David S. from GLENDALE, CA Reviewed on 6/19/2007...
This is a decent INXS album, it's definitely one for the fans.
Christine C. (bolinbabe) from BRANFORD, CT Reviewed on 2/3/2007...
Great band and gritty, edgy music that also features duets with Chrissie Hynde and Ray Charles. A sweet addition to one's collection if you are as enamored of this band as I am. Everything's in great shape as well, though there's a small notch on the edge of the jewel case.
Maggie C. (skywaywaver) from CHESTNUT RDG, NY Reviewed on 8/7/2006...
Classic music from this band that sadly no longer exists...
A Glimmer of INXS' full potential
Erik J. Malvick | Davis, CA | 06/22/2005
(5 out of 5 stars)
"I was recently blessed to have rediscovered this CD in my collection. I think many people shun this CD and almost anything post X, but this really shows a glimpse of a side of INXS that had never come out, and unfortunately wouldn't come out again.
Straight up, this was INXS attempt at moving into the alternative/grunge sound of the 90's. While it didn't fully succeed, and it was sadly overlooked, this is a great album. In it, we see a lot of experimentation and creativity from the group in one big jump. They blended a lot of the popular sounds of the era into their own and created an album that was all their own.
This is not an album to buy if you are just getting into INXS based on their hits. You won't find any true hits here. People were accustomed to what had become the standard INXS sound, and this album was shunned... even by me. However, there are some fantastic songs here.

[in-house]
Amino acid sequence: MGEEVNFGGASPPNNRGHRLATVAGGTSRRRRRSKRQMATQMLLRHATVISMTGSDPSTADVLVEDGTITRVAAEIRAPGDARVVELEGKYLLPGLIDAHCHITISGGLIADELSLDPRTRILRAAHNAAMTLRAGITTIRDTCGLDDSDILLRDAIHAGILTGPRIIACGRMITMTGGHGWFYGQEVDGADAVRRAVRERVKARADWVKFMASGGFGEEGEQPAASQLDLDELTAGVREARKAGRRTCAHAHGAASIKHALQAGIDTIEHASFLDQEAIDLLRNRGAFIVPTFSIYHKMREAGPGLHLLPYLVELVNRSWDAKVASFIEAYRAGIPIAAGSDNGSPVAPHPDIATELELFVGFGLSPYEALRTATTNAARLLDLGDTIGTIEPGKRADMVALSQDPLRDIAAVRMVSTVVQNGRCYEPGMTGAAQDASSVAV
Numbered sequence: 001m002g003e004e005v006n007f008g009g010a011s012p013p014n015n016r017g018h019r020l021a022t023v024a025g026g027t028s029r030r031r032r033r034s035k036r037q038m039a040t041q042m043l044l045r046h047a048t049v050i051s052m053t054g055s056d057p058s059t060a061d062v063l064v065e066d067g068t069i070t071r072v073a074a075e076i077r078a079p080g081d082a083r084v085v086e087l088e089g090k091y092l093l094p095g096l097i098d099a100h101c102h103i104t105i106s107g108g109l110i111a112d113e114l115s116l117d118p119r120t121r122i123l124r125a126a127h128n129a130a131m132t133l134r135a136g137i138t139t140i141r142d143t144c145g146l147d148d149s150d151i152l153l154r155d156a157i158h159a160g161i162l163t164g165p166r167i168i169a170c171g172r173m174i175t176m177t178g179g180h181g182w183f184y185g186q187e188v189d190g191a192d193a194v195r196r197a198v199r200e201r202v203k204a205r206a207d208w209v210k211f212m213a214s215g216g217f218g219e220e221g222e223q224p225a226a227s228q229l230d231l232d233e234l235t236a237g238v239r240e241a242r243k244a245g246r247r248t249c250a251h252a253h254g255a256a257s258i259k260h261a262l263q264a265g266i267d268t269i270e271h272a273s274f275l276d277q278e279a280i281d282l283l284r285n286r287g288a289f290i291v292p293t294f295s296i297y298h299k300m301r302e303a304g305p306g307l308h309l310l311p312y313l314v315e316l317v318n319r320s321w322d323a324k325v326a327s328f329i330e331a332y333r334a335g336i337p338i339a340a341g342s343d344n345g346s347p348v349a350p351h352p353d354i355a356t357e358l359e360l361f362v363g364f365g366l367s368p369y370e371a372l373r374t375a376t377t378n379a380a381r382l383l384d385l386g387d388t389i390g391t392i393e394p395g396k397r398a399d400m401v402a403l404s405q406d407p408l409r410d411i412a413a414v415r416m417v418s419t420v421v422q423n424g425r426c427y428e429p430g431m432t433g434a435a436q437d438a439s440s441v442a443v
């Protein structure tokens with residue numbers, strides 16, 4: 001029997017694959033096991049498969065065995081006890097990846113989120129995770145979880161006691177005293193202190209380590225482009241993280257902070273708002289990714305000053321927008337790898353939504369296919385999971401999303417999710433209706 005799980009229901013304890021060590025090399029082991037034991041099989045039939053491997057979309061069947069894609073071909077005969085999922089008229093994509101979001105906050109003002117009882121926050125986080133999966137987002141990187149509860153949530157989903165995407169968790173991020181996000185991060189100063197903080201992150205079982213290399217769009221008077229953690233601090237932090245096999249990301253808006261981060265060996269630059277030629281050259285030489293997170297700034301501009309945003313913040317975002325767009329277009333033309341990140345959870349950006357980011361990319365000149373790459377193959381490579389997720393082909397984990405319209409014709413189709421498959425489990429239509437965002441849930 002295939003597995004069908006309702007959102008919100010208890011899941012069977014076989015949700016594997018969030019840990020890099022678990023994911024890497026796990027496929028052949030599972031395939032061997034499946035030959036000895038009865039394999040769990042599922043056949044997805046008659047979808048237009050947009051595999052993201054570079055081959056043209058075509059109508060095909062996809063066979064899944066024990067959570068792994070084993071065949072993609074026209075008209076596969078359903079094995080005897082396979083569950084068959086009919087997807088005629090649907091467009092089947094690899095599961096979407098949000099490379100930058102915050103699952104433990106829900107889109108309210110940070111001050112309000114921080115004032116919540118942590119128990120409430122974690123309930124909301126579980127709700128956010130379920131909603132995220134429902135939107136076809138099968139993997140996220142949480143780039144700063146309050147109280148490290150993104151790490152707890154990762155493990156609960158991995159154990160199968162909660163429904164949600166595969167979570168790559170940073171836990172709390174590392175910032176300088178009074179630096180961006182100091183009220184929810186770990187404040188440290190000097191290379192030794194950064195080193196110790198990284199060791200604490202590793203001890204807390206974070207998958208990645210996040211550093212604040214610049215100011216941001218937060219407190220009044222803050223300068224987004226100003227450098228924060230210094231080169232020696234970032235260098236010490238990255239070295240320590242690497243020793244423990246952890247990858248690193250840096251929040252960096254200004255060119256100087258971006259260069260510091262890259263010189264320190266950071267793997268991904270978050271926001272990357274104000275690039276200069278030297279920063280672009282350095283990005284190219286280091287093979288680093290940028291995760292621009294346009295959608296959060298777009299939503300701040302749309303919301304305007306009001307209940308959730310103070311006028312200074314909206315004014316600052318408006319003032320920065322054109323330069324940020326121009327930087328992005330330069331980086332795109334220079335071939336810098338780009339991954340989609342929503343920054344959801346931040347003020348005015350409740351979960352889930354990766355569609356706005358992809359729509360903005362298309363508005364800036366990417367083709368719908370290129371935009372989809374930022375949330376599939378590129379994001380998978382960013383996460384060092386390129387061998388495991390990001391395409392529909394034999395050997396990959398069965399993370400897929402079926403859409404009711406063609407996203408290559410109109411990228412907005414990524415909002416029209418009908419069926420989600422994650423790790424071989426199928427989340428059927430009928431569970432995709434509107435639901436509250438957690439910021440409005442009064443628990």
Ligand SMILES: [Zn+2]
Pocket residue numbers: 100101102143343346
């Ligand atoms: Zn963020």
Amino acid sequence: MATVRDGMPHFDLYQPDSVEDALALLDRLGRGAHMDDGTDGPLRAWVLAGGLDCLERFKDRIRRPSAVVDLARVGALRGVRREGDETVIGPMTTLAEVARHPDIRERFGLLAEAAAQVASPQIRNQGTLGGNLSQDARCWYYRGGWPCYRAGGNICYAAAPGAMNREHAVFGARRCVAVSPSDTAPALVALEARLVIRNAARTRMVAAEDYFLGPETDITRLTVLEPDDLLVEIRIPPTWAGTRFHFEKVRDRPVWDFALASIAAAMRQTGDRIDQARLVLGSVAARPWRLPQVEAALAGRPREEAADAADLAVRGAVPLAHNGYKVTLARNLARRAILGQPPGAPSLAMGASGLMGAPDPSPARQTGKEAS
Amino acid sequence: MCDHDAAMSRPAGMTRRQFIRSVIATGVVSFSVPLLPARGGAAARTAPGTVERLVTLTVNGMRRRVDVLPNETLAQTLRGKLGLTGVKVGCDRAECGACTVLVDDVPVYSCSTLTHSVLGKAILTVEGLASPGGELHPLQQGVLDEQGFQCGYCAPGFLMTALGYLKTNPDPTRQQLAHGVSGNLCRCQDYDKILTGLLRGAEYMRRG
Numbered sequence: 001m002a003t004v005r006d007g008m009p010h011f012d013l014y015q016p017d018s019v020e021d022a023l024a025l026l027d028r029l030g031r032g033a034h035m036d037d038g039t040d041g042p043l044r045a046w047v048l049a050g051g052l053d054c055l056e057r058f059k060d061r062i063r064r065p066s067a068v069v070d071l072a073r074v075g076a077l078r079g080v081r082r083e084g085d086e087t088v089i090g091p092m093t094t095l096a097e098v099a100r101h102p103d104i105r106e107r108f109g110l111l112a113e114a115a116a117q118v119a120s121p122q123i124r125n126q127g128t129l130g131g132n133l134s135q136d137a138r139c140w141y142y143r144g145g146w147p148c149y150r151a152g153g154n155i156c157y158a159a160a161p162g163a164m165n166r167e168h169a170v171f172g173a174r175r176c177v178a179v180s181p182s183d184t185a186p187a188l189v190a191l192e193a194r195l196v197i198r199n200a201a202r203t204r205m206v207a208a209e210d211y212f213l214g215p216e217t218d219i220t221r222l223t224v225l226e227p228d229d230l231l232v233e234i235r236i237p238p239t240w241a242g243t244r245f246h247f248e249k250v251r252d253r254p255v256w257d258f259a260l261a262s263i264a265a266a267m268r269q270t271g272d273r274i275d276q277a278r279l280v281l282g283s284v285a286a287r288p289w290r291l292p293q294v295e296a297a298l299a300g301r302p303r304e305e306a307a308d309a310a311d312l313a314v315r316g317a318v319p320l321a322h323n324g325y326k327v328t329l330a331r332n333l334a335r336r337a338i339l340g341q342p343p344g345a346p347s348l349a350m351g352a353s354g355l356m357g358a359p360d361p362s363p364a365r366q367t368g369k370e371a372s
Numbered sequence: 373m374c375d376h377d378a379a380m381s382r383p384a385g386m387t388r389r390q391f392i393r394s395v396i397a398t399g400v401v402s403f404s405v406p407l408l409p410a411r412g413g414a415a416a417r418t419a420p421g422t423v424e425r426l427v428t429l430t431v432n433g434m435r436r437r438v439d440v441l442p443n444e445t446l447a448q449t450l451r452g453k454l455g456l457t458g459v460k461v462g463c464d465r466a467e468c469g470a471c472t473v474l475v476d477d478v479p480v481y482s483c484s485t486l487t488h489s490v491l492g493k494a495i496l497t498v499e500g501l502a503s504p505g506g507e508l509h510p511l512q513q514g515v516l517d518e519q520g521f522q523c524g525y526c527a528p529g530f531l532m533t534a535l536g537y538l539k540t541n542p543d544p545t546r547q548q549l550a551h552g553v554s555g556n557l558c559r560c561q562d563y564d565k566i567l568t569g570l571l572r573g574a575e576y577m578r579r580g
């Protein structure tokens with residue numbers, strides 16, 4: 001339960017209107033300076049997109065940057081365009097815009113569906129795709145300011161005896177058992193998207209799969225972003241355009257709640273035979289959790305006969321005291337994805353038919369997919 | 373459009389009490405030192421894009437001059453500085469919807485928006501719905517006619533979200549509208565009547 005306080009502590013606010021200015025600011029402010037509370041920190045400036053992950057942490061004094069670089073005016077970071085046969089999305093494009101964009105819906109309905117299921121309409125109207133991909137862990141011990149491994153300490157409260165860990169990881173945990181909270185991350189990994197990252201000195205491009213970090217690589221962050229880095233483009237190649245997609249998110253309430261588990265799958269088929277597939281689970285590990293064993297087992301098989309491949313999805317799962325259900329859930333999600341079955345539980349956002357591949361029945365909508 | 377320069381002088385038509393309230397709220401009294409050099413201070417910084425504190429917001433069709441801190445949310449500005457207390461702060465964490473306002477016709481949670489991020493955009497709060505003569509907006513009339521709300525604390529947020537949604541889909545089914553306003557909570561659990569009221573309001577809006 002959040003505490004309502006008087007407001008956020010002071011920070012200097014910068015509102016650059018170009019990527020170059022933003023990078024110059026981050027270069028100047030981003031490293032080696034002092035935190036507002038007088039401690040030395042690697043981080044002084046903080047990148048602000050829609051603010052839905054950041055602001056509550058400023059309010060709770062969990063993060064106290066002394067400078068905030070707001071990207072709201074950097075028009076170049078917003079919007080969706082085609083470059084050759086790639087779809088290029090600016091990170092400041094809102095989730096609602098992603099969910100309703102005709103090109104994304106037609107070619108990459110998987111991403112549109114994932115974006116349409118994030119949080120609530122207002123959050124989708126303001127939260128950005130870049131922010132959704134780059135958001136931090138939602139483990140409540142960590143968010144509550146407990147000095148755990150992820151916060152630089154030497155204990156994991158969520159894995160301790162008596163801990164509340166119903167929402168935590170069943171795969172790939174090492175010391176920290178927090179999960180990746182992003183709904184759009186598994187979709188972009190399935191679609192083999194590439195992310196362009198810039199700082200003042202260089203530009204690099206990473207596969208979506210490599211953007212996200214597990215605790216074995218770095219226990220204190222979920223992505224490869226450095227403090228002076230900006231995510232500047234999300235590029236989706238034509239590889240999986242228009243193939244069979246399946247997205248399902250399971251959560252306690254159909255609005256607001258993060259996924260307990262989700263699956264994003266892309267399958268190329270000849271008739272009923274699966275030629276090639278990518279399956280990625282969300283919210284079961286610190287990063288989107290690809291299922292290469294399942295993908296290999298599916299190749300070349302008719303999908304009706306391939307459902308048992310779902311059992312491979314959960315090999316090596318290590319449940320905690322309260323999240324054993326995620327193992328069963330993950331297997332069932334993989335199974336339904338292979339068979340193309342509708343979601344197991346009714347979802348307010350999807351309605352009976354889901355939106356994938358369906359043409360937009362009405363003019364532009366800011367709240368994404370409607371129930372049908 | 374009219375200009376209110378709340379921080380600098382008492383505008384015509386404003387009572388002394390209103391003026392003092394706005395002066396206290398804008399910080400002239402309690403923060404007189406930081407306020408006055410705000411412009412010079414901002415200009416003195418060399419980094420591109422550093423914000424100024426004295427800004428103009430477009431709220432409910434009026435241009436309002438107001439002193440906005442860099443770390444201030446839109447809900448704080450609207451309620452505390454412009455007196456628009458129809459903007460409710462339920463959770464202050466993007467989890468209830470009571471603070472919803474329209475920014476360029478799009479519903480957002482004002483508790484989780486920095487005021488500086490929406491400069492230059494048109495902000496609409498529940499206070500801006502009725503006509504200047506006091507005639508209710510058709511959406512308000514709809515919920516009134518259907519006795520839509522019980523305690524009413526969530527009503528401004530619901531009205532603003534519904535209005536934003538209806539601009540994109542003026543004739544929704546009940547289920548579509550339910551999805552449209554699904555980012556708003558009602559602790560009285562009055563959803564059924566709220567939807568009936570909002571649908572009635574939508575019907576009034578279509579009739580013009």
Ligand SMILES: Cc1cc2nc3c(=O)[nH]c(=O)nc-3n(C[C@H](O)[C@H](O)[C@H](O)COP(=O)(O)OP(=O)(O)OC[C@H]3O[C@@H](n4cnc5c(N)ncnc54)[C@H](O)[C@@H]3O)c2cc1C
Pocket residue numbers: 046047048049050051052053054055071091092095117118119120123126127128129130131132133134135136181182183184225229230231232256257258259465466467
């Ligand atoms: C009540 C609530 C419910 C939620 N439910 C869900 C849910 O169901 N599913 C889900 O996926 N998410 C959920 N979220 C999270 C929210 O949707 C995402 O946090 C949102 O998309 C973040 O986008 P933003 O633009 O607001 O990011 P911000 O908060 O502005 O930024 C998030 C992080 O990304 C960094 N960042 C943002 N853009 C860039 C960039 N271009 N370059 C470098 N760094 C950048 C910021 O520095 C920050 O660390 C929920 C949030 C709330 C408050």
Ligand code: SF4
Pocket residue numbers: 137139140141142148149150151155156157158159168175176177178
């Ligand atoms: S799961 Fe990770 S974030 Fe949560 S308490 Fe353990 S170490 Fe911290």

If one can look at this album as something that is not INXS they will find an album full of excellent lyrics, music, and vocals. The album isn't very coherent, but I find that I don't have to skip any tracks to enjoy it. The music ranges from a hard rock beat in songs like Time, The Gift, and Make Your Peace to ballad like tempos with Full Moon Dirty Hearts and Freedom Deep. Freedom Deep is great because it builds to a nice climax with a slow crescendo that grows in fullness and loudness. The title track previously mentioned includes a great duet between Michael Hutchence and Crissy Hynde, and Please is a duet with the great Ray Charles.
If you like INXS, and you don't mind something that is quite a bit different from anything you're used to, put yourself to the challenge of Full Moon, Dirty Hearts.... Just be sure you give it a chance and don't give up on it too easy. I regret that it took be 10 years to rediscover its greatness."
Gareth | Singapore Singapore | 04/12/2004
(5 out of 5 stars)
"I wouldn't say that this is INXS' best album, because there's Kick. But strangely, when at times when I long to hear their music, this is the album I miss most of all.At the time where U2 had seemingly thrown out their rock sound and reinvented themselves, INXS to a certain extent did the same with Welcome to Wherever You Are. I thought that was a strange album. Without having gone through Kick and X, it would be a hard album to swallow. But as a fan who is more likely to give it a second listen, I found it to be a fantastic album.This album came along, and their popularity plummeted. They became labelled 'has-been'. But I listened to it consistently, and found it to be the most touching of all their albums. For me, this was probably the most soul baring of all the other records. The edgy greasy sound was a probably their response to the grunge rage, but worked perfectly. The stripped down production also made the songs as they were meant to be: just songs.Sometimes fans don't ever want their bands to grow. People dismissed Pop (U2). People will dismiss Full Moon, Dirty Hearts (well, see how many reviews this got), but I think this would probably be one album Michael Hutchence held close to his heart."